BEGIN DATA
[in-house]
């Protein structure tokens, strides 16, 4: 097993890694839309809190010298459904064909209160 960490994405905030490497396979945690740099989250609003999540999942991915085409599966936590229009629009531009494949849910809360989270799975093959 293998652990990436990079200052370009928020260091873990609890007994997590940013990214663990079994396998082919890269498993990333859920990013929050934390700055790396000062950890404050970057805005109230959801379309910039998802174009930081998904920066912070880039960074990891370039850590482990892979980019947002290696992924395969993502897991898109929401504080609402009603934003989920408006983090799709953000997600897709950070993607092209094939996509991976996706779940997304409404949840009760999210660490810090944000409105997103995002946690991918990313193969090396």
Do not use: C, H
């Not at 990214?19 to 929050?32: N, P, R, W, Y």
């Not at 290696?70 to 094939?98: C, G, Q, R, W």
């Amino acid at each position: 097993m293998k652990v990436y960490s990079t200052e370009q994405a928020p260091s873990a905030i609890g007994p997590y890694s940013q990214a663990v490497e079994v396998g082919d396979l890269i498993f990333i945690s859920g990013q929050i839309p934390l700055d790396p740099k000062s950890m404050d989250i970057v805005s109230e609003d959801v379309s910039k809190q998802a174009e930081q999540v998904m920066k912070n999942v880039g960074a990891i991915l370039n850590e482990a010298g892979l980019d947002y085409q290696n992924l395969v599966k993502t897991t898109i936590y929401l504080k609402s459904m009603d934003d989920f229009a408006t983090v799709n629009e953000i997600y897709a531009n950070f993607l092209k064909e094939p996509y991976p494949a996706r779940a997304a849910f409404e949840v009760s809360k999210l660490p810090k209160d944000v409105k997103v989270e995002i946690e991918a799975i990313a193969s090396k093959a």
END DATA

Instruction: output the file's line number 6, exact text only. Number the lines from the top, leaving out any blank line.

């Amino acid at each position: 097993m293998k652990v990436y960490s990079t200052e370009q994405a928020p260091s873990a905030i609890g007994p997590y890694s940013q990214a663990v490497e079994v396998g082919d396979l890269i498993f990333i945690s859920g990013q929050i839309p934390l700055d790396p740099k000062s950890m404050d989250i970057v805005s109230e609003d959801v379309s910039k809190q998802a174009e930081q999540v998904m920066k912070n999942v880039g960074a990891i991915l370039n850590e482990a010298g892979l980019d947002y085409q290696n992924l395969v599966k993502t897991t898109i936590y929401l504080k609402s459904m009603d934003d989920f229009a408006t983090v799709n629009e953000i997600y897709a531009n950070f993607l092209k064909e094939p996509y991976p494949a996706r779940a997304a849910f409404e949840v009760s809360k999210l660490p810090k209160d944000v409105k997103v989270e995002i946690e991918a799975i990313a193969s090396k093959a």